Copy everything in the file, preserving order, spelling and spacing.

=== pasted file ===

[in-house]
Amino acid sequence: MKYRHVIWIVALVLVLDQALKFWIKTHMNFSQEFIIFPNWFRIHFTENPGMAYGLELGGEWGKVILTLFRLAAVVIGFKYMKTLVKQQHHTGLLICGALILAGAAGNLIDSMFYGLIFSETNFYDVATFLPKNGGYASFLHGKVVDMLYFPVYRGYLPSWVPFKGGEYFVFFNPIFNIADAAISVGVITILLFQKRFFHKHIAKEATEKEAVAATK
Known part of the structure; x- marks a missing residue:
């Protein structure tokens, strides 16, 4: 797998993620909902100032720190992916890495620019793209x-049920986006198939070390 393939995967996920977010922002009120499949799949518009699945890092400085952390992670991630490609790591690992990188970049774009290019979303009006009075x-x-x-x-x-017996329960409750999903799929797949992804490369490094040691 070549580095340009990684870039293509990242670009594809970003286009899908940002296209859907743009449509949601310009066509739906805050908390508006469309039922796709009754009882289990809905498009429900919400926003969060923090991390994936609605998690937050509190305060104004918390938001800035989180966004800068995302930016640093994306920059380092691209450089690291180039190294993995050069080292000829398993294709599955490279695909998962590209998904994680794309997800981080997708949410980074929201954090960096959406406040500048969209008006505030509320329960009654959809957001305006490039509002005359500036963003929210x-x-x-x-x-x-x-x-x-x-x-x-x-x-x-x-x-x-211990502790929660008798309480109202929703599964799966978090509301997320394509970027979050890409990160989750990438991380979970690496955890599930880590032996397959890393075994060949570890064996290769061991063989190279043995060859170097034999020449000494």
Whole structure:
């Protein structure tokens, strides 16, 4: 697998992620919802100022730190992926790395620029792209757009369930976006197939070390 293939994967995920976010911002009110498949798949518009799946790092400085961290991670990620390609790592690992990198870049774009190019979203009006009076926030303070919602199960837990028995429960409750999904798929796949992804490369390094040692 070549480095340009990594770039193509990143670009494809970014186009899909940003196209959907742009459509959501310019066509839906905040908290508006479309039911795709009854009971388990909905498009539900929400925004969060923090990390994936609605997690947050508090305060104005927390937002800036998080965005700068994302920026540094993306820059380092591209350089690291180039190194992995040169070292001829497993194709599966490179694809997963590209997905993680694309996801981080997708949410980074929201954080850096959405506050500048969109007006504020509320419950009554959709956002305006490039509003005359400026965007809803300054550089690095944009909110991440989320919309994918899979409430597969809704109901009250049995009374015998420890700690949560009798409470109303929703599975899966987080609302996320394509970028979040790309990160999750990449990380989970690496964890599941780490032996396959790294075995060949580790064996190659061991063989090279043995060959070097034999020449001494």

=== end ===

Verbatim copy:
[in-house]
Amino acid sequence: MKYRHVIWIVALVLVLDQALKFWIKTHMNFSQEFIIFPNWFRIHFTENPGMAYGLELGGEWGKVILTLFRLAAVVIGFKYMKTLVKQQHHTGLLICGALILAGAAGNLIDSMFYGLIFSETNFYDVATFLPKNGGYASFLHGKVVDMLYFPVYRGYLPSWVPFKGGEYFVFFNPIFNIADAAISVGVITILLFQKRFFHKHIAKEATEKEAVAATK
Known part of the structure; x- marks a missing residue:
């Protein structure tokens, strides 16, 4: 797998993620909902100032720190992916890495620019793209x-049920986006198939070390 393939995967996920977010922002009120499949799949518009699945890092400085952390992670991630490609790591690992990188970049774009290019979303009006009075x-x-x-x-x-017996329960409750999903799929797949992804490369490094040691 070549580095340009990684870039293509990242670009594809970003286009899908940002296209859907743009449509949601310009066509739906805050908390508006469309039922796709009754009882289990809905498009429900919400926003969060923090991390994936609605998690937050509190305060104004918390938001800035989180966004800068995302930016640093994306920059380092691209450089690291180039190294993995050069080292000829398993294709599955490279695909998962590209998904994680794309997800981080997708949410980074929201954090960096959406406040500048969209008006505030509320329960009654959809957001305006490039509002005359500036963003929210x-x-x-x-x-x-x-x-x-x-x-x-x-x-x-x-x-x-211990502790929660008798309480109202929703599964799966978090509301997320394509970027979050890409990160989750990438991380979970690496955890599930880590032996397959890393075994060949570890064996290769061991063989190279043995060859170097034999020449000494």
Whole structure:
């Protein structure tokens, strides 16, 4: 697998992620919802100022730190992926790395620029792209757009369930976006197939070390 293939994967995920976010911002009110498949798949518009799946790092400085961290991670990620390609790592690992990198870049774009190019979203009006009076926030303070919602199960837990028995429960409750999904798929796949992804490369390094040692 070549480095340009990594770039193509990143670009494809970014186009899909940003196209959907742009459509959501310019066509839906905040908290508006479309039911795709009854009971388990909905498009539900929400925004969060923090990390994936609605997690947050508090305060104005927390937002800036998080965005700068994302920026540094993306820059380092591209350089690291180039190194992995040169070292001829497993194709599966490179694809997963590209997905993680694309996801981080997708949410980074929201954080850096959405506050500048969109007006504020509320419950009554959709956002305006490039509003005359400026965007809803300054550089690095944009909110991440989320919309994918899979409430597969809704109901009250049995009374015998420890700690949560009798409470109303929703599975899966987080609302996320394509970028979040790309990160999750990449990380989970690496964890599941780490032996396959790294075995060949580790064996190659061991063989090279043995060959070097034999020449001494």